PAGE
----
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Seattle Federation Shooting: One Year Later

Last Friday marked the first anniversary of the most traumatic day in the history of Seattle's Jewish community. It was the day that a deranged Naveed Haq barged into the Jewish federation's downtown offices, proclaimed his anger at Israel for … Read More

By / August 4, 2007

Last Friday marked the first anniversary of the most traumatic day in the history of Seattle's Jewish community. It was the day that a deranged Naveed Haq barged into the Jewish federation's downtown offices, proclaimed his anger at Israel for its treatment of Arabs, and began shooting everything in sight. At the end of his rampage Pam Waechter, the campaign director was dead and five other female employees were wounded. The hatred and insanity of this massacre are garden variety as far as the world is concerned–this happens every day. But what isn't garden variety is this community's response, including the victims and the family of the perpetrator.

Seattle is a city that prides itself on its openness and tolerance and it proved it in this case. On the day of Pam Waechter's funeral an Arab-American representative of Haq's family hand delivered a letter from Haq's parents expressing profound sorrow and regret to the Jewish community. The victims, in turn, did not shout for vengeance or the death penalty. In fact, several victims families said explicitly and publicly that they did not the DA to file a death penalty charge.

The most severely injured victim was Layla Bush with bullet wounds to her abdomen and shoulders. One bullet barely missed tearing into her heart. She walks with a cane, cannot stand for more than an hour and has nine therapy appointments each week. Yet these are her feelings now:

"I just don't want people to forget how much damage hate can do…Nothing positive comes from hatred." Bush said executing Haq would be "too easy for him." She reiterated that view Thursday, saying she favored life imprisonment.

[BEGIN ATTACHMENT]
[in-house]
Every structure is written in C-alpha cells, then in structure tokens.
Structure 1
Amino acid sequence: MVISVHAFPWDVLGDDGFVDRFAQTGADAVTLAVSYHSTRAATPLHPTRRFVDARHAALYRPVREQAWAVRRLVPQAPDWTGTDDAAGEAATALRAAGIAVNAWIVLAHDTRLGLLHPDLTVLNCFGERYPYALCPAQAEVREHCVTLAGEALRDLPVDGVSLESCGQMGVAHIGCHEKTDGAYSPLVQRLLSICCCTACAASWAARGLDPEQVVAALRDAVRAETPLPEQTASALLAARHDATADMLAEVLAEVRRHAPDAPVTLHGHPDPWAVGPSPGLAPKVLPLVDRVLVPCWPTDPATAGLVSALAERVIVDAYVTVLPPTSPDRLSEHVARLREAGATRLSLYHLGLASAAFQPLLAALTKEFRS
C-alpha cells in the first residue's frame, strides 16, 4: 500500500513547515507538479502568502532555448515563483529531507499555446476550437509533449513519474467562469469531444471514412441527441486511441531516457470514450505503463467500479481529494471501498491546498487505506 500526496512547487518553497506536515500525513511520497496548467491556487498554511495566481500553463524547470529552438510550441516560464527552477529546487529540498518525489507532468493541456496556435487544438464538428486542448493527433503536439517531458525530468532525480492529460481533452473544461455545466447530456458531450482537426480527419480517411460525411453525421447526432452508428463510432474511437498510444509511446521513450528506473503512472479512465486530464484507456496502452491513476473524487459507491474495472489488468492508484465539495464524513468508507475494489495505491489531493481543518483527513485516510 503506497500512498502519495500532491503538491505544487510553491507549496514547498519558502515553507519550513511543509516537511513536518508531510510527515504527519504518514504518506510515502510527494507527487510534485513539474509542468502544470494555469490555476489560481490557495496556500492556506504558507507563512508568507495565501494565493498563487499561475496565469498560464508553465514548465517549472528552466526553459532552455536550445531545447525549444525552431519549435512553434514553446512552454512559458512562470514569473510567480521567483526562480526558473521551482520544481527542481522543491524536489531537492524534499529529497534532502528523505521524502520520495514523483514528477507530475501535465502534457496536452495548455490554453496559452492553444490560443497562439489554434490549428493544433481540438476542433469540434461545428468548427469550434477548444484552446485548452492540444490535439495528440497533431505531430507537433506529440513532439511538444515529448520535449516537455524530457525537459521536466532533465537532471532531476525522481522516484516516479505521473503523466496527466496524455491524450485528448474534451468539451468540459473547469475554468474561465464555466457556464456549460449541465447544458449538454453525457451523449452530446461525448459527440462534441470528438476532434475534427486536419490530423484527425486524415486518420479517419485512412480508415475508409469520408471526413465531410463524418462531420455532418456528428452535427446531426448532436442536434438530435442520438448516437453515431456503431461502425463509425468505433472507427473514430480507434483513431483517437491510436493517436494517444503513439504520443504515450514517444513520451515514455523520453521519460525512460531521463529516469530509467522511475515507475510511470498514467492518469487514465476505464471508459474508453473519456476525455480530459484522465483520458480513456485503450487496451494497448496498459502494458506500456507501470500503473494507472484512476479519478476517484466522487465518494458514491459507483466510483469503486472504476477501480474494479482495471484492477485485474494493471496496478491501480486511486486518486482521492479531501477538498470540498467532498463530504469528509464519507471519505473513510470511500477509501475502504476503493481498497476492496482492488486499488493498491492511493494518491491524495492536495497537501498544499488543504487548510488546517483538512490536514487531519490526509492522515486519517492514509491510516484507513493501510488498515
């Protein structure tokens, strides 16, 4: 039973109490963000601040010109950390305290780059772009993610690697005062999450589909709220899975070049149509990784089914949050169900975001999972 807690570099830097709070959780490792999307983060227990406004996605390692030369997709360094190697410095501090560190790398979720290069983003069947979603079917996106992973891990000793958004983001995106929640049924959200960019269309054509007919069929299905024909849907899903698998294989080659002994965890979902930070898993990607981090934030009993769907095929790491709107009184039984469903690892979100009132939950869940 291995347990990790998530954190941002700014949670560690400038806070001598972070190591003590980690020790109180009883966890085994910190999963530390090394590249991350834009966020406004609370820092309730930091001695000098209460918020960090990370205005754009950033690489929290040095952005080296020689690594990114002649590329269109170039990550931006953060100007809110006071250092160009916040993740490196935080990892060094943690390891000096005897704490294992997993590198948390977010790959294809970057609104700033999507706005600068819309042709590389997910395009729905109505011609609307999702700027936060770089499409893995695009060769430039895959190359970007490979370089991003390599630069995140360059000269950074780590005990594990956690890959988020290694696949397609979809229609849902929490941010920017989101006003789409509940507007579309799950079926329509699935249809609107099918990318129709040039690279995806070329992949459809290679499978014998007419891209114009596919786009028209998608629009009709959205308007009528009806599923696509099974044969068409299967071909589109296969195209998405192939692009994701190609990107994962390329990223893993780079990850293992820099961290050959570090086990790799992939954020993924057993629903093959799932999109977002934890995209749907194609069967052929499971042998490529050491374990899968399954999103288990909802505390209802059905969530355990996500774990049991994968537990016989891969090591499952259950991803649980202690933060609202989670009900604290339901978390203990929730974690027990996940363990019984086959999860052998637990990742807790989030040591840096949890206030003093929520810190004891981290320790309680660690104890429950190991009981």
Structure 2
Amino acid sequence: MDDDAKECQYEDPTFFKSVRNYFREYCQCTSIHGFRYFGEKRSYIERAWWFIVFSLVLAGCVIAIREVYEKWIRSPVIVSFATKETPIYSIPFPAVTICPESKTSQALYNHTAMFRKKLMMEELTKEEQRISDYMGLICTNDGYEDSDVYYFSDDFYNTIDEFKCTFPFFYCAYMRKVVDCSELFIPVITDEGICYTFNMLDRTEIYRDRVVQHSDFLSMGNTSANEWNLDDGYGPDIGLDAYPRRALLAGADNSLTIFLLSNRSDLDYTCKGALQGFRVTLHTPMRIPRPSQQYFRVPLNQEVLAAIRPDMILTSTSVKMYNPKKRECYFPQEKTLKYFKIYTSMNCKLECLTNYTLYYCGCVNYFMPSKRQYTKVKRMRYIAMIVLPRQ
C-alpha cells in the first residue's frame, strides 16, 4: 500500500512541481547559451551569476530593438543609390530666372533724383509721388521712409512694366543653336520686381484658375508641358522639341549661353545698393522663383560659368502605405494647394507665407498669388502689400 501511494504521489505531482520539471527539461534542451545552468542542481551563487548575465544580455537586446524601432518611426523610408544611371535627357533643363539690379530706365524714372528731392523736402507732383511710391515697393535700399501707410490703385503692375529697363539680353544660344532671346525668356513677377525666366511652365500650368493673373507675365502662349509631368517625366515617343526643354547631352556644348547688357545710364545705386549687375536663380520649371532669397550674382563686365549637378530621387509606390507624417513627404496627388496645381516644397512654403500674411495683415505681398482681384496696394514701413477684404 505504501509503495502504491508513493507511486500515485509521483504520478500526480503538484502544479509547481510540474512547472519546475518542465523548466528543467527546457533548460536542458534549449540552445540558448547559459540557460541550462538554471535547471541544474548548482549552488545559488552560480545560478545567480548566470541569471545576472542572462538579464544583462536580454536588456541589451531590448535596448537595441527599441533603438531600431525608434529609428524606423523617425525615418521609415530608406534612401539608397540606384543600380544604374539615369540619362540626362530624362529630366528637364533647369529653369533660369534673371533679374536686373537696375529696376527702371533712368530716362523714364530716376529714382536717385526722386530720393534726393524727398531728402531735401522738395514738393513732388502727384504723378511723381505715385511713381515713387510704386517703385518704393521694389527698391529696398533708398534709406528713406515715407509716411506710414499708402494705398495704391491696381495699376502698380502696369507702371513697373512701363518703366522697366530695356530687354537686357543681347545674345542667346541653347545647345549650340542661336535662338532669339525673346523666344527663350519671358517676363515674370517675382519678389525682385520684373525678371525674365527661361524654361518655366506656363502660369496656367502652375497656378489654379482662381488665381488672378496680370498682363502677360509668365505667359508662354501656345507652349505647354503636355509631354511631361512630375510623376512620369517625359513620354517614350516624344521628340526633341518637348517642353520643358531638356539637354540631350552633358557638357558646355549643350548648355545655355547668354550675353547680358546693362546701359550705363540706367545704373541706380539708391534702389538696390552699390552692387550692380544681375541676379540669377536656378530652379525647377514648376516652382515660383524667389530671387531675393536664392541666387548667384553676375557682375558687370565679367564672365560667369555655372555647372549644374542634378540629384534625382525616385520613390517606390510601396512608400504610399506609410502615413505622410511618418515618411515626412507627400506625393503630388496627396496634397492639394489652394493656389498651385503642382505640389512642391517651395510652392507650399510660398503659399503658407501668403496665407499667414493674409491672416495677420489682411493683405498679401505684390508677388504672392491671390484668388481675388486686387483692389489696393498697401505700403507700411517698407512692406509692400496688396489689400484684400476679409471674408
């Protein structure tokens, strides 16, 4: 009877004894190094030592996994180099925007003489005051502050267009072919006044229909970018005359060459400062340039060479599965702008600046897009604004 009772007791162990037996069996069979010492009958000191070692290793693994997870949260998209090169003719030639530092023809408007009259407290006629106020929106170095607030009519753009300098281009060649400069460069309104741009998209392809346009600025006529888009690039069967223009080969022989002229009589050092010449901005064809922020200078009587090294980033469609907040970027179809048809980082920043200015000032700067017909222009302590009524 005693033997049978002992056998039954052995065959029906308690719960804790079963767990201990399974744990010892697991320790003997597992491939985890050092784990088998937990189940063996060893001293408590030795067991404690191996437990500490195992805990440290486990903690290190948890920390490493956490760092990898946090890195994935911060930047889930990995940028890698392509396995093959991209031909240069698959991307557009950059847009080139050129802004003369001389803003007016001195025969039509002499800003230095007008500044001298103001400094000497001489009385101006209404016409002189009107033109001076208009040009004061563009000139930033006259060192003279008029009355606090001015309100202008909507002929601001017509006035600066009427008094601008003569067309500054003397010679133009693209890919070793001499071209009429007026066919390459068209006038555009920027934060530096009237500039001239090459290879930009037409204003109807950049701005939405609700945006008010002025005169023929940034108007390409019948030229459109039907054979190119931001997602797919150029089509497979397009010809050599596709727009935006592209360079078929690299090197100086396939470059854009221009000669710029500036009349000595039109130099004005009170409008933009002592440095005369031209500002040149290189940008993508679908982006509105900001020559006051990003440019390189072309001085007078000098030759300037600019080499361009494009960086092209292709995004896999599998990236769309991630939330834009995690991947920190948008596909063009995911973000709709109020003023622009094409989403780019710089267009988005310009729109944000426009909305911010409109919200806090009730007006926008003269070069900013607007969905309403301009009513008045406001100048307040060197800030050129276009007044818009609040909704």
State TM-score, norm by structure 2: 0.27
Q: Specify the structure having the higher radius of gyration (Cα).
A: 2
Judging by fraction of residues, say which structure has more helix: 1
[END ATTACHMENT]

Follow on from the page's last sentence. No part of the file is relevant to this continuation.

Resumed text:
In the aftermath of the shooting, "what made me mad is not him, but that someone with a mental history like that can get guns…" Growing up in rural Florida, she completed gun-safety classes and shot beer bottles off fence posts. She once owned a 9 mm Beretta. "I feel that handguns are made for killing people," she said. "They're not made for hunting."

Think what an extraordinary attitude it takes to make the following statement about her volunteer work at Harborview Medical Center:

We answer questions and talk with patients who have just been recently injured," she said. "It feels good for me to just give back. I feel like I've taken so much."

Norm Maleng, the recently deceased Republican DA did not file a first degree murder charge. He reviewed ten years of Haq's mental health records and determined that a lesser murder charge was more appropriate.

While one might expect the victims of such a trauma to refuse to return to their jobs almost all have (though several cannot work full time due to their injuries). The federation in turn has raised $1.3 million to entirely redesign the interior of its former offices so that the thoughts of victims or any other community member will not linger on that tragic day and space.

It seems to me that there are many places in the world where hate rages which could learn from Seattle's example. It is true that shootings of this nature are extremely rare here so one might argue that we have the luxury of being able to respond to such tragedy differently. But are we really that different? I don't know. It seems to me that a response to murderous hatred that offers more of the same is the easy way out. A response to hate that offers sober reflection and emotional engagement is much harder.

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